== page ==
Dominant Language: the language or other mode of communication that the family normally uses.

Early Intervention Services: services provided by qualified personnel and meet the needs of the child and family as described in the Individualized Family Service Plan (IFSP). These services are provided with parent consent and to the maximum extent possible in the natural environment.

Eligibility Requirements: the requirements a child must meet to be able to receive early intervention services. This will include the age of the child and whether or not the child has a disability or developmental delay.

Evaluation: a process used to determine if a child meets the eligibility standards for early intervention.
Family Assessment: a process used to identify and gather information related to the family concerns, priorities and resources.

Family Concerns: means those areas that the parent identifies as needs, issues, or problems which they wish to have addressed within the Individualized Family Service Plan.

Family Priorities: means those areas which the parent selects as essential targets for early intervention services to be delivered to their child and family unit.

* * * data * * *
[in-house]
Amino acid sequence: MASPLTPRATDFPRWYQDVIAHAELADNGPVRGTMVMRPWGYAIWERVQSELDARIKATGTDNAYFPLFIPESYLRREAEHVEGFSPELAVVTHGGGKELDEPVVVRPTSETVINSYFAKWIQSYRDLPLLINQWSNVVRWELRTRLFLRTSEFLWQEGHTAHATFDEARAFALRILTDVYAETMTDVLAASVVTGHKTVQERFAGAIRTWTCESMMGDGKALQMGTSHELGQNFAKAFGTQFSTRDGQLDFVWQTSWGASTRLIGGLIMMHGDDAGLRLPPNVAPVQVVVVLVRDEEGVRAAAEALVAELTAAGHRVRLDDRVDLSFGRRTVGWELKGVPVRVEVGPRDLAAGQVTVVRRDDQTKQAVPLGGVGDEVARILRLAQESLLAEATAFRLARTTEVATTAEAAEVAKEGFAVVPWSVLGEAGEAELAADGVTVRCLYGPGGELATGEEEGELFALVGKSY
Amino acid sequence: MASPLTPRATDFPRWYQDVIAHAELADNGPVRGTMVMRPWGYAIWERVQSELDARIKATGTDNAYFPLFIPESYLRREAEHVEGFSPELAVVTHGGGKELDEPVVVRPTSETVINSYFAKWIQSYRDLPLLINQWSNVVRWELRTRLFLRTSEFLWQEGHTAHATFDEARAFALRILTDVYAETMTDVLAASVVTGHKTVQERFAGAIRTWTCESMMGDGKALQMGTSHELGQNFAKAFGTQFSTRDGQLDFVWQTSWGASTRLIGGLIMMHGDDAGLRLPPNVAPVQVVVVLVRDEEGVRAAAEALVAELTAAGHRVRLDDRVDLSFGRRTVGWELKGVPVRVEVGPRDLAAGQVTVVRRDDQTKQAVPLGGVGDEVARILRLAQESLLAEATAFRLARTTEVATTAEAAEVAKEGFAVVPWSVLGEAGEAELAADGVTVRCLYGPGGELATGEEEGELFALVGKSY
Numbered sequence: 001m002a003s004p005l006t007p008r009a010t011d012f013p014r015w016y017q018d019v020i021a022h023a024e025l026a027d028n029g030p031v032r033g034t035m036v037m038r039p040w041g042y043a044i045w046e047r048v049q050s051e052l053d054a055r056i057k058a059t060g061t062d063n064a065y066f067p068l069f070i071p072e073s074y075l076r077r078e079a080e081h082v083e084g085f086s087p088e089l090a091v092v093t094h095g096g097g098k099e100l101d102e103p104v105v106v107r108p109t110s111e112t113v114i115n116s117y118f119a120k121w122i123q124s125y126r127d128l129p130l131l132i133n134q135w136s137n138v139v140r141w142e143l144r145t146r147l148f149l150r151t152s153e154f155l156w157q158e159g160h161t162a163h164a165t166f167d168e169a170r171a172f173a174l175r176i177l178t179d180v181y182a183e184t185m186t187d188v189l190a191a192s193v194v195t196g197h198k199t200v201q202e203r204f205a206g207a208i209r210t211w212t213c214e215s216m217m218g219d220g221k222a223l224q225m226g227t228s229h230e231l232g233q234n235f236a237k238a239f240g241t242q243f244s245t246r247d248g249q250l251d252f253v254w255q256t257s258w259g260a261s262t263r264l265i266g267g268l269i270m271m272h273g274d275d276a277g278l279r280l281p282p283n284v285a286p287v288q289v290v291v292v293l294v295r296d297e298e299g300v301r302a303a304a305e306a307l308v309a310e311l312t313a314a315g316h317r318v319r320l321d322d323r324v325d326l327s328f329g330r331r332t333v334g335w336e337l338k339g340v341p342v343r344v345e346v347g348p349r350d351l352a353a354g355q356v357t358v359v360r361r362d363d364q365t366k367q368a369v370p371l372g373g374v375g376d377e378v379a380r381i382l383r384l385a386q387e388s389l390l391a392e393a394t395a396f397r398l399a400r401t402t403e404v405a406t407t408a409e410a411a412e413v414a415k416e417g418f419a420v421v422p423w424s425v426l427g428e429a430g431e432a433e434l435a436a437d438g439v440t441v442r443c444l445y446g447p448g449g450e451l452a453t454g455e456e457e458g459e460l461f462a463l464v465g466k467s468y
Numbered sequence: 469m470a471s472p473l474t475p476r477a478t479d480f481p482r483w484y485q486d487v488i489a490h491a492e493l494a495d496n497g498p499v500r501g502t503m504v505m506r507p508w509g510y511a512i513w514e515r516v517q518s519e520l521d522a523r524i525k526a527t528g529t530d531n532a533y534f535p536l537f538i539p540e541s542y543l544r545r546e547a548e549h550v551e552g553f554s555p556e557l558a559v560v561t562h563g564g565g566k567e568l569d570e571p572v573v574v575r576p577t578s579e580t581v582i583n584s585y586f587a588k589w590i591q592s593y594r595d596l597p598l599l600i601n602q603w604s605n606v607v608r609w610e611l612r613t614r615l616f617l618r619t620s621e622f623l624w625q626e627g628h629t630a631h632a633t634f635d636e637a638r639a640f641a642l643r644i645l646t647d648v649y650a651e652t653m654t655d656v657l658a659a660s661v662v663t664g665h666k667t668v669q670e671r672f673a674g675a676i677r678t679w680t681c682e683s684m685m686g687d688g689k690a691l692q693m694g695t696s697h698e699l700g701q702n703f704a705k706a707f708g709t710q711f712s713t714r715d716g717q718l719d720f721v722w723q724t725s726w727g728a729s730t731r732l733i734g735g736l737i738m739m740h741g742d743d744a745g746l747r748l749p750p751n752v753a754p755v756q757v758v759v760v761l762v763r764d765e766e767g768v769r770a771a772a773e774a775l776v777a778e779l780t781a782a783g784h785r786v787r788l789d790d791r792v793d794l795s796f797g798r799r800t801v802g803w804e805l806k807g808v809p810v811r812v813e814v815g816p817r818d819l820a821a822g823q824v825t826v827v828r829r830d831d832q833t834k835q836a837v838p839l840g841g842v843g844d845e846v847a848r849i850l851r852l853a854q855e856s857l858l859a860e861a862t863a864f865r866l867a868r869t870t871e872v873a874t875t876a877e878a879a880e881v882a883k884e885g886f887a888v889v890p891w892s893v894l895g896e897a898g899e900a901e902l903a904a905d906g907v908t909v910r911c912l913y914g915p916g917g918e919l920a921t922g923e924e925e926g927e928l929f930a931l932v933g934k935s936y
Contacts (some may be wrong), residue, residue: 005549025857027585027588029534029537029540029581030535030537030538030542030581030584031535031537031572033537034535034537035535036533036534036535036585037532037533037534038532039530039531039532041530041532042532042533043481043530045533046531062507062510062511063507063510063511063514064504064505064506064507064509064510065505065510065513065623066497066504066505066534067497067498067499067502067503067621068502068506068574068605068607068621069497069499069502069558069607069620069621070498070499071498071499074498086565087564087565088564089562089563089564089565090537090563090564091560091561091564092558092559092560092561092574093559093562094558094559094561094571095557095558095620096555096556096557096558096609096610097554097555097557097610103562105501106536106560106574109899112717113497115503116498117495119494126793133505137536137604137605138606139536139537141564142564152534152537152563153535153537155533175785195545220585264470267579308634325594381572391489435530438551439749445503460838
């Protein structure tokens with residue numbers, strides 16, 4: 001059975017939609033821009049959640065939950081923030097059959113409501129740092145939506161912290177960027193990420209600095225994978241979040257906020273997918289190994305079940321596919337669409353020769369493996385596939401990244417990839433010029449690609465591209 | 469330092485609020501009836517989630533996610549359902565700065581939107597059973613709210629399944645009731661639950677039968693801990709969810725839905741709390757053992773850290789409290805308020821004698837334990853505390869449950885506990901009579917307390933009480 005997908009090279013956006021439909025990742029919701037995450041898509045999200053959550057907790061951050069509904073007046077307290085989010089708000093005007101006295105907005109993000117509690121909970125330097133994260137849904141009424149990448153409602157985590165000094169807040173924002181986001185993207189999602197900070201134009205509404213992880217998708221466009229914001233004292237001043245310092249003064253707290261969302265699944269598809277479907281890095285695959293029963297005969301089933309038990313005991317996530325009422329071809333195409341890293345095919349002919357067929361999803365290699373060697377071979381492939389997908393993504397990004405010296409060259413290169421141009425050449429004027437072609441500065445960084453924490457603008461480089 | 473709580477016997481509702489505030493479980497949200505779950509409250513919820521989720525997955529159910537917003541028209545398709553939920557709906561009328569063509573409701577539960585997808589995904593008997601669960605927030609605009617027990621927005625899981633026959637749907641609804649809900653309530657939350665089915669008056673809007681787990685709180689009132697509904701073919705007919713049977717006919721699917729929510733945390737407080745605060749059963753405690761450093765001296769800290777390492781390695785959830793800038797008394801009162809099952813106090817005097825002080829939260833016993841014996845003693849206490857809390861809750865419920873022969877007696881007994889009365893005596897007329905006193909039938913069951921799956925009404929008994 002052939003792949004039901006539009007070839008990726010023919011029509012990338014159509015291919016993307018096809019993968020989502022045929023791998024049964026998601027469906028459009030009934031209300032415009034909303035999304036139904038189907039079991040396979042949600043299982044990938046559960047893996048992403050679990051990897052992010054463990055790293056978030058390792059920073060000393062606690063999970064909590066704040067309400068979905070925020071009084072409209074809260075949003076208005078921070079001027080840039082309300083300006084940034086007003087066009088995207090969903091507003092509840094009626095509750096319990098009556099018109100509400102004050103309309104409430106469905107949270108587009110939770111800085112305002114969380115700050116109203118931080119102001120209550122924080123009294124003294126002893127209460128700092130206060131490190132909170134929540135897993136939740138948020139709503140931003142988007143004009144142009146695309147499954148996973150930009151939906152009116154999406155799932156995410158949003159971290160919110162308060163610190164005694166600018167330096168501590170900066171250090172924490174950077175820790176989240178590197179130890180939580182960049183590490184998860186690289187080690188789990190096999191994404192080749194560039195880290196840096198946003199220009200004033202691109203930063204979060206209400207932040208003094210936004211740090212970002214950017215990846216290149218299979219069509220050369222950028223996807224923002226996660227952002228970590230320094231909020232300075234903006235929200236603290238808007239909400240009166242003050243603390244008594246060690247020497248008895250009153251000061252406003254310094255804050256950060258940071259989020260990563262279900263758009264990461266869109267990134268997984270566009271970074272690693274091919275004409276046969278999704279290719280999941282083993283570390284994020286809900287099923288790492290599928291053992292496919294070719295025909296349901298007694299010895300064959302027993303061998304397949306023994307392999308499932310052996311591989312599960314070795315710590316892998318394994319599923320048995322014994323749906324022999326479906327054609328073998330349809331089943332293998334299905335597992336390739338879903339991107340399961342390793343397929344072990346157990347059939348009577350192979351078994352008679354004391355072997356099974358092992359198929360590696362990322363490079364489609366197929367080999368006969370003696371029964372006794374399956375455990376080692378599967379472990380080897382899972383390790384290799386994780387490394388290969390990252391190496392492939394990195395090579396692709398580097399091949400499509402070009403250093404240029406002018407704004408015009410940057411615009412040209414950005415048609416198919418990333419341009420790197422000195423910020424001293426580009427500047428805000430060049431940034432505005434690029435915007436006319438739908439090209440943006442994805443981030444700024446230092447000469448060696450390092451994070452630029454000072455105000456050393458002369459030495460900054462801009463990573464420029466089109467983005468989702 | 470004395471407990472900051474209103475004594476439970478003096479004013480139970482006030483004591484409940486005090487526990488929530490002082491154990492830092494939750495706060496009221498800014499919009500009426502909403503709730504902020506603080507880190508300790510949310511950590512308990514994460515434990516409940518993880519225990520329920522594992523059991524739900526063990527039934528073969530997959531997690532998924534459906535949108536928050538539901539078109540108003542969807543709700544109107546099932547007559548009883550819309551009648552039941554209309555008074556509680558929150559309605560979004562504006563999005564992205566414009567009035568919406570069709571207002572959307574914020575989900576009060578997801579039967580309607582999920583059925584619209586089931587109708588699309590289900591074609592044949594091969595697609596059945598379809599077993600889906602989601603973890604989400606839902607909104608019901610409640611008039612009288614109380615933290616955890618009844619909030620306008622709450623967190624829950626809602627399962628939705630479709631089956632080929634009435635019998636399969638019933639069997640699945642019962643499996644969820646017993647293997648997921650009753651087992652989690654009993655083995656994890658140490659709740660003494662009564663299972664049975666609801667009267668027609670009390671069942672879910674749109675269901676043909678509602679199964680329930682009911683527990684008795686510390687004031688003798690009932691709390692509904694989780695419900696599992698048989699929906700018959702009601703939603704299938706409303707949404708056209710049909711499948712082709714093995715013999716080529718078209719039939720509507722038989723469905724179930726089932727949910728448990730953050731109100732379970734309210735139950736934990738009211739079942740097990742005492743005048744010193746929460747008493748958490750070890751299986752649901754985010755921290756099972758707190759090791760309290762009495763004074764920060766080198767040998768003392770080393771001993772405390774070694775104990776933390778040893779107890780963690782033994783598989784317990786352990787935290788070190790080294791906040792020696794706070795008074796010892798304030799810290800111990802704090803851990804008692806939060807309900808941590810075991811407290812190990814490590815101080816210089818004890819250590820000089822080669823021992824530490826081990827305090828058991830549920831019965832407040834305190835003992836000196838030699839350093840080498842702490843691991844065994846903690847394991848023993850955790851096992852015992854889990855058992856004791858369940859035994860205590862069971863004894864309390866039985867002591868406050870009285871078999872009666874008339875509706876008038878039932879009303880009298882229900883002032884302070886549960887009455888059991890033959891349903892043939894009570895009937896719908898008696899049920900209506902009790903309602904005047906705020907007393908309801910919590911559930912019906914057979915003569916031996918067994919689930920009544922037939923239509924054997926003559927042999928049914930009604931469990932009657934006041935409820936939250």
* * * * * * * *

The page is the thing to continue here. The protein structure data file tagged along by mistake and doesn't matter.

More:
Family Resources: means the strengths, abilities, and formal and informal supports that can be mobilized to address family concerns, needs or desired outcomes.

Family Training: services provided by qualified personnel to assist the family in understanding the special needs of the child and in promoting the child's development.

Health Services: health-related services necessary to enable a child to benefit from other early intervention services


Home Visits: visits in your home by a professional for the purpose of planning and providing early intervention services.

Impartial Hearing: a formal process at which a family's complaints can be heard by a hearing officer who will resolve the dispute or complaint regarding the child's evaluation, IFSP or certain other issues.

IEP: Individualized Education Plan

IFSP: Individualized Family Service Plan. A written plan for the child's and family's services in the Early Intervention Program that the family develops with a team of qualified personnel.

Interim IFSP: when the child and/or family are in apparent immediate need of early intervention services, a temporary IFSP can be developed to allow the child and family to receive early intervention services after the child has been referred to the program and before an evaluation is completed.